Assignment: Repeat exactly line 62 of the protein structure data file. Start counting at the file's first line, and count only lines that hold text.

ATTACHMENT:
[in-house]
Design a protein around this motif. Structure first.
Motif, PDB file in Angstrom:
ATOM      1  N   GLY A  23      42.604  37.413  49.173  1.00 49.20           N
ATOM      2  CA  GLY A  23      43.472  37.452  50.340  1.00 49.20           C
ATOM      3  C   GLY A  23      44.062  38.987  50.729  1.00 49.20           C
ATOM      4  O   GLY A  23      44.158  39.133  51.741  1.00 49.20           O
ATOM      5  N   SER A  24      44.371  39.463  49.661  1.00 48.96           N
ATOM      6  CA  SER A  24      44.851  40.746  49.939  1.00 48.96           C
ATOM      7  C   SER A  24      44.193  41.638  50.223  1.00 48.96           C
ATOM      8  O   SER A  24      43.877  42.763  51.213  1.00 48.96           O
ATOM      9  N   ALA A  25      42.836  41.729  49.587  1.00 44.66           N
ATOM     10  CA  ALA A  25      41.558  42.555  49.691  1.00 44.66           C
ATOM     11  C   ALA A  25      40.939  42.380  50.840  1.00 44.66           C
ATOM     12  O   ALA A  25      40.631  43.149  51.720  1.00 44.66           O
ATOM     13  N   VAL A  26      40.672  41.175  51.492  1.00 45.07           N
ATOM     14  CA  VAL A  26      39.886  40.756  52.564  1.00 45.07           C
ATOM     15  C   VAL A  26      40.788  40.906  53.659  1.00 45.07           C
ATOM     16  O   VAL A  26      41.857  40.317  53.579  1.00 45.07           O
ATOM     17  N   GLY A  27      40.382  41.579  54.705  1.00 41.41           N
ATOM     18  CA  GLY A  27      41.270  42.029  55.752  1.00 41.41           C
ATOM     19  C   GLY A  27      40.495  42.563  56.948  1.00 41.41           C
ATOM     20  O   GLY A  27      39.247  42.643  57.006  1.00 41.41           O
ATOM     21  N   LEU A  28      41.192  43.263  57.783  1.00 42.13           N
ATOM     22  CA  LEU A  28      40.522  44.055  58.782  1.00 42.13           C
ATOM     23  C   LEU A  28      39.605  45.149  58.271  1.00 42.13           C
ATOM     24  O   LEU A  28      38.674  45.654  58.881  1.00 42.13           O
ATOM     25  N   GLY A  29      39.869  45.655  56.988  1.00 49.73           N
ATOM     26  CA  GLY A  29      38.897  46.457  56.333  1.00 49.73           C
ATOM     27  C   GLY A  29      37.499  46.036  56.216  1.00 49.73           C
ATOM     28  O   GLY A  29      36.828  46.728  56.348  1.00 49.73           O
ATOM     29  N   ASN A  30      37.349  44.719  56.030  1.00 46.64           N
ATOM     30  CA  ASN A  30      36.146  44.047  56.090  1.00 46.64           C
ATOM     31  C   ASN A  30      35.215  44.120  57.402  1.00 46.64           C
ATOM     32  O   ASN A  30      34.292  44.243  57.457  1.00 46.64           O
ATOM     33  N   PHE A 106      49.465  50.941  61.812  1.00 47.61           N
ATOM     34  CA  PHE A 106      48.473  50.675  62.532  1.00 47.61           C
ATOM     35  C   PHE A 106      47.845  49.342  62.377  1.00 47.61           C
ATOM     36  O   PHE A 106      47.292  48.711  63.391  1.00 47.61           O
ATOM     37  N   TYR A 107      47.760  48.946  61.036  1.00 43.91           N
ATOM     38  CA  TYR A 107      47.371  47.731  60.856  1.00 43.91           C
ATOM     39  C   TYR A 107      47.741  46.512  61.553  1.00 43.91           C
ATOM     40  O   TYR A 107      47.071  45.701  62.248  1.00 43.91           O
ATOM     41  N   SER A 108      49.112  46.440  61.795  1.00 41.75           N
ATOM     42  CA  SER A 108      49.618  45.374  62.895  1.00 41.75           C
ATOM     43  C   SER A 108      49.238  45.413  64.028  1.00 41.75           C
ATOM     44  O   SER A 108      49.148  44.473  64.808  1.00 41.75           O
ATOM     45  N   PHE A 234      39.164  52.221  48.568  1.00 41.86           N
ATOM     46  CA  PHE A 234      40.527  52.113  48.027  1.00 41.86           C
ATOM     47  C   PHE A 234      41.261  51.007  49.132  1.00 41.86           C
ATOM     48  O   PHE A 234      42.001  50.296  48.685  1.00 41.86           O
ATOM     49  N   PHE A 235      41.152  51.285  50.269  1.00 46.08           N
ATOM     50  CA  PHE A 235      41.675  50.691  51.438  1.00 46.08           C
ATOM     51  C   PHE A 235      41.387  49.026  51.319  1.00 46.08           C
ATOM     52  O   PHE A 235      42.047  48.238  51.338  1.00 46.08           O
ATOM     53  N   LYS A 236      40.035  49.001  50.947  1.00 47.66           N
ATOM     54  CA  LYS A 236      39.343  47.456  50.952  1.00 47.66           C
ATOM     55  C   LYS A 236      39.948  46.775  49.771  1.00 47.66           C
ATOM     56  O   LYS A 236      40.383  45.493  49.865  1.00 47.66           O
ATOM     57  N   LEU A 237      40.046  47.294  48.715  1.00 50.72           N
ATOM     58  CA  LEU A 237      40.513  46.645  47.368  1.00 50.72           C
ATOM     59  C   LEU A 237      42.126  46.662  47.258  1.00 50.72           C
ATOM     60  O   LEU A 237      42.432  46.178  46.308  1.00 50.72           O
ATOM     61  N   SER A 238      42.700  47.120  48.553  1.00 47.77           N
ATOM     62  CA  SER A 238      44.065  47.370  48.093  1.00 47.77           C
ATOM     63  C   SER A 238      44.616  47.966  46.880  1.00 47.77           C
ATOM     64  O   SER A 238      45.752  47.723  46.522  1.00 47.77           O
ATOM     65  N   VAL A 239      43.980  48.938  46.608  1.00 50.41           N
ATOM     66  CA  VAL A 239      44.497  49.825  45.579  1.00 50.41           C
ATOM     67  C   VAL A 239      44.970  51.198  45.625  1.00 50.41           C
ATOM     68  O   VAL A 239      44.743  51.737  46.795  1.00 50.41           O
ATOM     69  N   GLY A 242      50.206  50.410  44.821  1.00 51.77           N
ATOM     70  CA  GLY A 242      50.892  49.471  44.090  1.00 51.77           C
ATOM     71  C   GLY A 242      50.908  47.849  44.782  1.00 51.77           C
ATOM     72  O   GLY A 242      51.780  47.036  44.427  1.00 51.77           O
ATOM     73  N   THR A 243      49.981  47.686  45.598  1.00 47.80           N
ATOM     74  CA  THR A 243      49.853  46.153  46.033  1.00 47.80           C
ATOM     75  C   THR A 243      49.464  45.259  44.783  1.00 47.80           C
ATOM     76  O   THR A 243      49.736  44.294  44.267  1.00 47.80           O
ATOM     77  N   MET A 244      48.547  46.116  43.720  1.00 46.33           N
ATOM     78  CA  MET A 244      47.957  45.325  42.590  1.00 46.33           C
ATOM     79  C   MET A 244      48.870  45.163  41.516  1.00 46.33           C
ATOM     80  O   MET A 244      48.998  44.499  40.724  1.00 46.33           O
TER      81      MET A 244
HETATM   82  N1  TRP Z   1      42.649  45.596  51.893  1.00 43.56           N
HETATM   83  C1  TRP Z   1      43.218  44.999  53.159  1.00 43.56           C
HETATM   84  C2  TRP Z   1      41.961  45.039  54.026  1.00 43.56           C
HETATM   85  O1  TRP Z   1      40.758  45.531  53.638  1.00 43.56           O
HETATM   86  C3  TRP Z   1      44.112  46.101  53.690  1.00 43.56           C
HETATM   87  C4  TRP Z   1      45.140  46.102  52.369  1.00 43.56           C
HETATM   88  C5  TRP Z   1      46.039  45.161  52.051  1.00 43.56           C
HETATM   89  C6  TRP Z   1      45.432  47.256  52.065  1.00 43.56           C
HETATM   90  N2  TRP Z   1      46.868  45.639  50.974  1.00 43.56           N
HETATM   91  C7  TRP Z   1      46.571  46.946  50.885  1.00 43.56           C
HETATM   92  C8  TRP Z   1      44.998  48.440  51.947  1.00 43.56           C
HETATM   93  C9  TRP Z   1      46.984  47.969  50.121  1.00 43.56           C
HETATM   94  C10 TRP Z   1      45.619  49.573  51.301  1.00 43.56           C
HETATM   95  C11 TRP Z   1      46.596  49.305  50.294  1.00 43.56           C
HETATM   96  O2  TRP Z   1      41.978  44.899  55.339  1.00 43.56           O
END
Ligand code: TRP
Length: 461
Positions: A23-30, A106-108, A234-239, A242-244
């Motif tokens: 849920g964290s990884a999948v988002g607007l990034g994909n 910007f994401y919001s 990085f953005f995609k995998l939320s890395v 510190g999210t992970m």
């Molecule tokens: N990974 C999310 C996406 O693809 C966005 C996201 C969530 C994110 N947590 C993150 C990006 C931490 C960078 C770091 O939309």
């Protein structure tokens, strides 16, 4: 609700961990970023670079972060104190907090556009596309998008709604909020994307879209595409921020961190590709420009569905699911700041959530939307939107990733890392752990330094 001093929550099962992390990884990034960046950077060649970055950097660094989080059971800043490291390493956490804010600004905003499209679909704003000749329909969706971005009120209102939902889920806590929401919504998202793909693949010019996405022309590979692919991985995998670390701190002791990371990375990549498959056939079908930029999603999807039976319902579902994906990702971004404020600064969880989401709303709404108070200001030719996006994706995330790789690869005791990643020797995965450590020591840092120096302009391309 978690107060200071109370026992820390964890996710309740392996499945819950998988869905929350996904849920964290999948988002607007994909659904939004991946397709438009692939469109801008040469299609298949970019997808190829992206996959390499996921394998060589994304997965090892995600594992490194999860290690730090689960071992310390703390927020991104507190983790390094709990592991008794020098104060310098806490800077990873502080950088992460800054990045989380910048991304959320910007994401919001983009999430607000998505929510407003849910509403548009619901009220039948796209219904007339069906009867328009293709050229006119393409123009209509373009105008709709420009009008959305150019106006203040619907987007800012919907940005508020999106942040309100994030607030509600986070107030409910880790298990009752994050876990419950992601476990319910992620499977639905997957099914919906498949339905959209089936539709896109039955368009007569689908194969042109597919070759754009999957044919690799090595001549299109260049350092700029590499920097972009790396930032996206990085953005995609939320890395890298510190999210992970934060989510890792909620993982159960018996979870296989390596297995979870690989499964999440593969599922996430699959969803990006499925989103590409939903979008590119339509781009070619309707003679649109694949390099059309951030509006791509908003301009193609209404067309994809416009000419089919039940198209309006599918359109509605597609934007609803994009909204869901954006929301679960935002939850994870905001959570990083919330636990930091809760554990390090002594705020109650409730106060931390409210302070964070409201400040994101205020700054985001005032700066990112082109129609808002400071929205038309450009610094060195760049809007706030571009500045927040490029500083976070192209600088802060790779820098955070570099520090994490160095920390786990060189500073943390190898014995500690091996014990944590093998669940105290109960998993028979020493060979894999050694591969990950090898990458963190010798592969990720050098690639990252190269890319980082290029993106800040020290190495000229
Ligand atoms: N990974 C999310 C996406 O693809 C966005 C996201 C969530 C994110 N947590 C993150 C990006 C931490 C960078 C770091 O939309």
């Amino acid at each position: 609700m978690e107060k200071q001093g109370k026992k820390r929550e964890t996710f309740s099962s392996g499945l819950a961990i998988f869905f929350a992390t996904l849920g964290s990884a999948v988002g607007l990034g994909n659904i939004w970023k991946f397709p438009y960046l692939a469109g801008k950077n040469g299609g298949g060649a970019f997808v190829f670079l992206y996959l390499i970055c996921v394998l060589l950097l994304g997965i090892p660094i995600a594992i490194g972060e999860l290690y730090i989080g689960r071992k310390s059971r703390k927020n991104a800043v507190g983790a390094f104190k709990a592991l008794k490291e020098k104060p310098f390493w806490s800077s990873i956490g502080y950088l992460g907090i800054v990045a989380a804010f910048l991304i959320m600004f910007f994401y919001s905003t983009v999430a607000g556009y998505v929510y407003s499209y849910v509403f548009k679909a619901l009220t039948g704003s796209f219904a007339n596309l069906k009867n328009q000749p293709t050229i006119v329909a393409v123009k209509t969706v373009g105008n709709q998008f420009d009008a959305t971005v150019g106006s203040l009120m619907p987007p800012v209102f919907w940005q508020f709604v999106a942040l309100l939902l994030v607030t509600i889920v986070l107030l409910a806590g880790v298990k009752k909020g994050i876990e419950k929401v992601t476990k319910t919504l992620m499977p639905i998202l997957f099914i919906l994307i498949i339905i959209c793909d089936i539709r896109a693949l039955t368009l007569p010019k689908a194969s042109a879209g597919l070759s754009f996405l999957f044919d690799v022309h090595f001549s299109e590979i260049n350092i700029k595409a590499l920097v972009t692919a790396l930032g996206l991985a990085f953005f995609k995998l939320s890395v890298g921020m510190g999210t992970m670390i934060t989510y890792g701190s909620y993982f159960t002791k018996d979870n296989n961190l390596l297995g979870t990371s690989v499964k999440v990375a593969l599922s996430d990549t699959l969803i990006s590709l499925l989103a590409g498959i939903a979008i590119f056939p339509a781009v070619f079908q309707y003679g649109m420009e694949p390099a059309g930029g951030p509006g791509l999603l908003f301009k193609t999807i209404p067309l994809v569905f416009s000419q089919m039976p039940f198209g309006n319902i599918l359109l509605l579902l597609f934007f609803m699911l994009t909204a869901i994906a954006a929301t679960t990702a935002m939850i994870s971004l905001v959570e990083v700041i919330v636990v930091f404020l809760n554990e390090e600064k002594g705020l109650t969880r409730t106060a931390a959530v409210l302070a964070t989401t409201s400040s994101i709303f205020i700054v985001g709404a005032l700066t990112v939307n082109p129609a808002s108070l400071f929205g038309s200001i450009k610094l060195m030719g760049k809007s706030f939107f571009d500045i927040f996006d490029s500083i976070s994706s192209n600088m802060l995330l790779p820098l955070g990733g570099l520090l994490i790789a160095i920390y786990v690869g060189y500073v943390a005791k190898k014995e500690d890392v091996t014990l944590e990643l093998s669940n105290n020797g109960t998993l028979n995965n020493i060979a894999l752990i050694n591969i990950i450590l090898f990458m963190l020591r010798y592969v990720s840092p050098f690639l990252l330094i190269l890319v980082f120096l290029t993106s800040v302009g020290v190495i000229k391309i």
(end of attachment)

ATOM     59  C   LEU A 237      42.126  46.662  47.258  1.00 50.72           C